Ash­ley’s best healthy habits

Glamour (South Africa) - - Icon - By fash­ion fea­tures edi­tor at US Lauren Chan.

She part­ners up “My best friend, Rachel, and I en­cour­age each other at the gym,” says Ash­ley. “When we want to stop, but can’t yet, we just start scream­ing ‘Bey­oncé!’ at each other. We’re like, ‘Bey­oncé! Roar!’”

She stays fo­cused “If I work out my thighs and butt, I feel ac­com­plished. I do one-leg bridges and jump squats. I love my thighs – they’re so strong, I could kill you with them!”

She keeps her work­outs fresh “I have to change it up; I get ob­sessed, and then I’m done. Right now, I’m into box­ing,” she says. “Mixed mar­tial artist, Ronda Rousey, has re­ally in­spired me.”

She eats well “I can’t diet. I can only be like, ‘This food doesn’t work for me; don’t overeat it.’ I also try not to re­ward my­self with food. To treat my­self, I get a mas­sage or a hand­bag.”

‘I’m afraid you’re go­ing to be as fat as my mom.’” The re­mark, she says, “was the start of how I be­gan to look at my body and re­late it to men. Like, I’m not pretty or skinny enough for men.”

At her low­est point, she called her mom in tears, plan­ning to quit mod­el­ling and move home. “She said, ‘No. You’re there for a pur­pose. You are bold, bril­liant and beau­ti­ful. You have to work through this.’” Only af­ter hit­ting emo­tional rock bot­tom did she be­gin to build her­self back up. “I re­mem­ber look­ing in the mir­ror, cry­ing and just say­ing, ‘I love you.’”

From then on, she made a con­scious ef­fort to speak to her­self pos­i­tively. “We’ve been taught to say neg­a­tive things to our­selves, to say ‘Sorry’ if some­one bumps into us. I de­cided to break that cy­cle. It wasn’t overnight.”

While her mo­ti­va­tion to love her­self at any size was pure, it also be­came prag­matic: she started see­ing self­ap­proval as key to suc­cess. “If I didn’t ap­pre­ci­ate my body as my mon­ey­maker, I wasn’t go­ing to make any money.”

At 21, de­ter­mined to change her re­la­tion­ships, she chose ab­sti­nence. “I was look­ing for love in the wrong places. I wanted to make sure I dated in a log­i­cal, not lust­ful, way.” She also saw that health was part of re­claim­ing her body: “I know work­ing out re­leases en­dor­phins and makes me feel good.”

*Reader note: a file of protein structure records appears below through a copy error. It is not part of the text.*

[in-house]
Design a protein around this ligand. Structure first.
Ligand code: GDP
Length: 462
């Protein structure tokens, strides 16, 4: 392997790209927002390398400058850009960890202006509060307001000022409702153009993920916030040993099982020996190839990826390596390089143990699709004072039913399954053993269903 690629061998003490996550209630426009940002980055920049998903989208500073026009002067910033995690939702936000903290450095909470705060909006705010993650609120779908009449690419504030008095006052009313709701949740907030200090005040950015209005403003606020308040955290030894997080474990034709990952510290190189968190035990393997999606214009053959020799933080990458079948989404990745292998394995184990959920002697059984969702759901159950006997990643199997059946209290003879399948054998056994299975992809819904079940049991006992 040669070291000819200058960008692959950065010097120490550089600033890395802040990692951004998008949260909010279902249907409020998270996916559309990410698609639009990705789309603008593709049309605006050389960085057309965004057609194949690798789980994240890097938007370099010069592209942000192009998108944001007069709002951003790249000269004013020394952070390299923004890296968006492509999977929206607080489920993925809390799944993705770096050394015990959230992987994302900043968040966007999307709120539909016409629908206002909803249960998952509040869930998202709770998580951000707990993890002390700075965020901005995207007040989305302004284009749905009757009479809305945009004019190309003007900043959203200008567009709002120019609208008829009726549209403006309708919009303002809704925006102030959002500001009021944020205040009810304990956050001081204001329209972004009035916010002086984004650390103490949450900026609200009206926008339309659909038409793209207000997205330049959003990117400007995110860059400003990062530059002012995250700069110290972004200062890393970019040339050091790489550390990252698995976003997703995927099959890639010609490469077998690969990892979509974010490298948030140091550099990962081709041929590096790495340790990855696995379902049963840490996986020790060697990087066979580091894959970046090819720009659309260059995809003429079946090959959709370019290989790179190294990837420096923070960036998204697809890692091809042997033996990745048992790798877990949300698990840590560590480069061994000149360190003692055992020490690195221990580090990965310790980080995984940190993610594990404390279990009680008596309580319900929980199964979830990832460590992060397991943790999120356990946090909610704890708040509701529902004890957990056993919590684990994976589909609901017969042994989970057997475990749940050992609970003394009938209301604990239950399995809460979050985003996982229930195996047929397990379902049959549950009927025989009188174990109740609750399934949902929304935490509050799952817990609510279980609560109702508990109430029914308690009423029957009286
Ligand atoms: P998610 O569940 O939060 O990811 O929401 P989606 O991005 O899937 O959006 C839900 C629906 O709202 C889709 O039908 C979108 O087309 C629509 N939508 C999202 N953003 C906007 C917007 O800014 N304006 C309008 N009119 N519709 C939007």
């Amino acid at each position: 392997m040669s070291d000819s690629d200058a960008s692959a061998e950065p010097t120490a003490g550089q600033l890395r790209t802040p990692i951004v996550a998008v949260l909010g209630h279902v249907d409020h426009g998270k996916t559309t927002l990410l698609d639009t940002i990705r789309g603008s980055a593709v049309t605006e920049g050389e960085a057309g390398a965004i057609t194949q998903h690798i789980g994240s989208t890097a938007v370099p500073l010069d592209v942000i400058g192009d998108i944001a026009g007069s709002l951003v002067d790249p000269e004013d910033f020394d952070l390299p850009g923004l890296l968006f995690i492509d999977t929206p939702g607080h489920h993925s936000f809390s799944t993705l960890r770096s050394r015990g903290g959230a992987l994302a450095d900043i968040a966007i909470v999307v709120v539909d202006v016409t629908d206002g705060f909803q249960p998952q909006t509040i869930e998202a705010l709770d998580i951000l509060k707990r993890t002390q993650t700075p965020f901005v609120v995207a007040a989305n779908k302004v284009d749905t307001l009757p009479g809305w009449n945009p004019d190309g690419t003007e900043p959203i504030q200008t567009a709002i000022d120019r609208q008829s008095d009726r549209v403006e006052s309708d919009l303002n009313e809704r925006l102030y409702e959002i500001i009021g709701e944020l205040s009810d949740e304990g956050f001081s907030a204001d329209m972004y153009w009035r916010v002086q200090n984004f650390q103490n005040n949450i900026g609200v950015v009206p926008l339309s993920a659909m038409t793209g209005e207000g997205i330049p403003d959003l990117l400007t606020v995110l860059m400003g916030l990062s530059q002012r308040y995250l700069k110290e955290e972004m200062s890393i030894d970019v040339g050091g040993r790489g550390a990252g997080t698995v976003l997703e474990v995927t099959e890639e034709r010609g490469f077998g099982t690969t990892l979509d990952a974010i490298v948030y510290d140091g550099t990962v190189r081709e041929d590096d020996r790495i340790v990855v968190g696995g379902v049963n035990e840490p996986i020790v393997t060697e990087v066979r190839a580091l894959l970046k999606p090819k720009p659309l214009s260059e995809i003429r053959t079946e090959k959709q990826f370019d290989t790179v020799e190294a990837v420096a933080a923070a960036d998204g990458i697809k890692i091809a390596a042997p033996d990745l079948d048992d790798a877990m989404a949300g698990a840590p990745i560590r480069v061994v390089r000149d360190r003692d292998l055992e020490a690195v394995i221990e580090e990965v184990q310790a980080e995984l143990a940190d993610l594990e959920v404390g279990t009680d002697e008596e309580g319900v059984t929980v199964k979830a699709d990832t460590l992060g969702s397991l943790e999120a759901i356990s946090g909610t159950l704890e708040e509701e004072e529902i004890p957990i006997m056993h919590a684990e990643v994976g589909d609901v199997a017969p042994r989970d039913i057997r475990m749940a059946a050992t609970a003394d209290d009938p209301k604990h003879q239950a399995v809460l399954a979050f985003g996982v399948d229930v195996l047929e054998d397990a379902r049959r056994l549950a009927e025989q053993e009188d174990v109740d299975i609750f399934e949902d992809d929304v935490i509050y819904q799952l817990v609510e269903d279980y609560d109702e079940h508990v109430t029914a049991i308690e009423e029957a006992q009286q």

Ash­ley has been work­ing up a sweat ever since, ex­er­cis­ing three times a week and box­ing. Her com­mit­ment, “helps to shat­ter no­tions that thin is the only way you can be ath­letic.” Still, she doesn’t tor­ture her­self if she misses a work­out. As for food, she loves sal­ads and green juice – just as much as she likes mac­a­roni and cheese.

One source of fit­spo is her hus­band, cin­e­matog­ra­pher Justin Ervin, who of­ten hits the gym with her. They met in the lift at church and de­spite in­stant chem­istry, she kept her pledge. “I said, ‘I’m not hav­ing sex un­til I’m mar­ried.’ He replied, ‘Great! Let’s not.’” Seven years later, “We have this amaz­ing mar­riage,” she says. “He’s al­lowed me to thrive. We’re in­vested in each other’s growth. Ev­ery busi­ness de­ci­sion I’ve made, he’s made with me.”

And the busi­ness of be­ing Ash­ley Gra­ham is boom­ing. She’s launched a lin­gerie col­lec­tion, done stints on Good Morn­ing Amer­ica, The Talk and E!’s Os­cars red car­pet, stars in work­out videos and plans to write a book about fit­ness and beauty.

Of course, ev­ery empire has its dis­senters. With shock­ing reg­u­lar­ity, she gets slammed on­line for be­ing too heavy – a “pro­moter of obe­sity” who should “stop mak­ing fat cool; you’re go­ing to kill some­body,” as some com­ments go. Or she gets trolled for be­ing too thin: “You want to con­form to Hol­ly­wood.” But she has had plenty of prac­tice hold­ing her head high.

“I’ve al­ways had to prove my­self more than the girl next to me be­cause I’ve al­ways been big­ger, bustier and louder. My laugh is out­ra­geous. I learnt to think, ‘Your con­fi­dence has to walk into the room be­fore you do.’”

Ash­ley’s mes­sage to the world is this: “I’m try­ing to change how women think about them­selves. Some peo­ple just don’t get it. I’ve been de­nied jobs be­cause I was too big; I’ve also been de­nied jobs be­cause I was too small. At the end of the day, I’m never go­ing to con­form to what any­body wants. This is my body; I’m happy in it,” Ash­ley smiles. “And no­body – no­body – has con­trol over my body but me.”

1For­get what you think you know – the old rules don’t ex­ist. If you’re above a size 16, you’ve most likely been ad­vised to cover your arms, avoid hor­i­zon­tal stripes, blend in by wear­ing black – the list of nau­se­at­ing com­mands goes on and on. Be­cause of those con­ven­tions, plus-size la­bels of­ten play it safe, but we’re over that. In­stead, em­brace ‘rule-break­ing’ pieces, like sleeve­less jump­suits, flo­ral rompers and se­quinned skirts. Risk tak­ing pays off!

2Pro­por­tion is ev­ery­thing. Want longer-look­ing legs? Grab a high-waisted skirt. Try­ing to ap­pear taller? Reach for an elon­gat­ing duster vest. Into defin­ing your waist? A cropped jacket works. And wide-legged trousers help bal­ance out wider hips. So now you know!

3Good fit is all in the de­tails. There are tricks that make clothes eas­ier to wear if you’re a size 16 or above, so look for th­ese de­tails wher­ever you shop: waist­bands with hid­den elas­tic to ac­com­mo­date dif­fer­ent waist shapes, but­ton-down shirt fronts that are sewn to­gether to avoid gap­ing on larger chests, and ‘pen­cil’ skirts that ac­tu­ally have a slight A-line for ex­tra mo­bil­ity when you walk.

4Most im­por­tantly, women’s opin­ions mat­ter. Thanks to so­cial me­dia, brands are bet­ter in tune with what their cus­tomers want to see on shelves. Why not tell them what you love and hate? Use your voice; smart de­sign­ers will lis­ten.

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